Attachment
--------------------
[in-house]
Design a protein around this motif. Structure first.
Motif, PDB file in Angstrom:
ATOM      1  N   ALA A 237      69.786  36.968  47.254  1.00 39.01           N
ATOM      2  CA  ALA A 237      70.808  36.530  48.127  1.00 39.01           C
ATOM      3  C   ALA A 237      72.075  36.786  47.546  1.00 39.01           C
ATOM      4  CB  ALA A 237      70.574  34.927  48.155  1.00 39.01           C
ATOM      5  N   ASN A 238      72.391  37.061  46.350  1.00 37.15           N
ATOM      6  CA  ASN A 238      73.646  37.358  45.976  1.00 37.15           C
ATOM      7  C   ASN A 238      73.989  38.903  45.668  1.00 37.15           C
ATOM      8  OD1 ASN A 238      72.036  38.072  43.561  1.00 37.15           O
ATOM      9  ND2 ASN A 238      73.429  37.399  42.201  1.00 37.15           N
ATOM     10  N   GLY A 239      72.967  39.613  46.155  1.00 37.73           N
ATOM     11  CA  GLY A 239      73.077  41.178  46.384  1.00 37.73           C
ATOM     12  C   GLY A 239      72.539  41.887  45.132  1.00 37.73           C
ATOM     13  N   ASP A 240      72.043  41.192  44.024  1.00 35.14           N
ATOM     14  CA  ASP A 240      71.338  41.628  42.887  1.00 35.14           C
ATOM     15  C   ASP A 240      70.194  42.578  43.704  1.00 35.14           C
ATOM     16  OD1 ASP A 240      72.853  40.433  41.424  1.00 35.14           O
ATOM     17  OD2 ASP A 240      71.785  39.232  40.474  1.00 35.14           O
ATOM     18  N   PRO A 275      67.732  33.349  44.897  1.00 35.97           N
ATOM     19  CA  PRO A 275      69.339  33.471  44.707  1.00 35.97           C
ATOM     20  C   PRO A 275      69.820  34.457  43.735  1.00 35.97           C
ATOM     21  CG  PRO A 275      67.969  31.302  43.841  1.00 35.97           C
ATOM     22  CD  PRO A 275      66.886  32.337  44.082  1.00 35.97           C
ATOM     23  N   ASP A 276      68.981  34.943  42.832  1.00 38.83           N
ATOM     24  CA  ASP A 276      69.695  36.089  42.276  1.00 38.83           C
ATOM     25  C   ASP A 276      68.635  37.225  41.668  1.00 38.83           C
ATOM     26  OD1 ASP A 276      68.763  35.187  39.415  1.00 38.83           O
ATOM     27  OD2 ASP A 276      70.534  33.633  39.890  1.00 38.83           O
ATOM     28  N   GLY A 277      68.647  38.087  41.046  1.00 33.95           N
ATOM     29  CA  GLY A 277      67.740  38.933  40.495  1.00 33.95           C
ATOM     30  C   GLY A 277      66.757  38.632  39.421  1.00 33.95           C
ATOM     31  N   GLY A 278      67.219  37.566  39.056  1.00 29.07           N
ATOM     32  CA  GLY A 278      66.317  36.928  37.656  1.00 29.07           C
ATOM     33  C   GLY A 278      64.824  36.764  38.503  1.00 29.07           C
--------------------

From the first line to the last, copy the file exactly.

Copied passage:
[in-house]
Design a protein around this motif. Structure first.
Motif, PDB file in Angstrom:
ATOM      1  N   ALA A 237      69.786  36.968  47.254  1.00 39.01           N
ATOM      2  CA  ALA A 237      70.808  36.530  48.127  1.00 39.01           C
ATOM      3  C   ALA A 237      72.075  36.786  47.546  1.00 39.01           C
ATOM      4  CB  ALA A 237      70.574  34.927  48.155  1.00 39.01           C
ATOM      5  N   ASN A 238      72.391  37.061  46.350  1.00 37.15           N
ATOM      6  CA  ASN A 238      73.646  37.358  45.976  1.00 37.15           C
ATOM      7  C   ASN A 238      73.989  38.903  45.668  1.00 37.15           C
ATOM      8  OD1 ASN A 238      72.036  38.072  43.561  1.00 37.15           O
ATOM      9  ND2 ASN A 238      73.429  37.399  42.201  1.00 37.15           N
ATOM     10  N   GLY A 239      72.967  39.613  46.155  1.00 37.73           N
ATOM     11  CA  GLY A 239      73.077  41.178  46.384  1.00 37.73           C
ATOM     12  C   GLY A 239      72.539  41.887  45.132  1.00 37.73           C
ATOM     13  N   ASP A 240      72.043  41.192  44.024  1.00 35.14           N
ATOM     14  CA  ASP A 240      71.338  41.628  42.887  1.00 35.14           C
ATOM     15  C   ASP A 240      70.194  42.578  43.704  1.00 35.14           C
ATOM     16  OD1 ASP A 240      72.853  40.433  41.424  1.00 35.14           O
ATOM     17  OD2 ASP A 240      71.785  39.232  40.474  1.00 35.14           O
ATOM     18  N   PRO A 275      67.732  33.349  44.897  1.00 35.97           N
ATOM     19  CA  PRO A 275      69.339  33.471  44.707  1.00 35.97           C
ATOM     20  C   PRO A 275      69.820  34.457  43.735  1.00 35.97           C
ATOM     21  CG  PRO A 275      67.969  31.302  43.841  1.00 35.97           C
ATOM     22  CD  PRO A 275      66.886  32.337  44.082  1.00 35.97           C
ATOM     23  N   ASP A 276      68.981  34.943  42.832  1.00 38.83           N
ATOM     24  CA  ASP A 276      69.695  36.089  42.276  1.00 38.83           C
ATOM     25  C   ASP A 276      68.635  37.225  41.668  1.00 38.83           C
ATOM     26  OD1 ASP A 276      68.763  35.187  39.415  1.00 38.83           O
ATOM     27  OD2 ASP A 276      70.534  33.633  39.890  1.00 38.83           O
ATOM     28  N   GLY A 277      68.647  38.087  41.046  1.00 33.95           N
ATOM     29  CA  GLY A 277      67.740  38.933  40.495  1.00 33.95           C
ATOM     30  C   GLY A 277      66.757  38.632  39.421  1.00 33.95           C
ATOM     31  N   GLY A 278      67.219  37.566  39.056  1.00 29.07           N
ATOM     32  CA  GLY A 278      66.317  36.928  37.656  1.00 29.07           C
ATOM     33  C   GLY A 278      64.824  36.764  38.503  1.00 29.07           C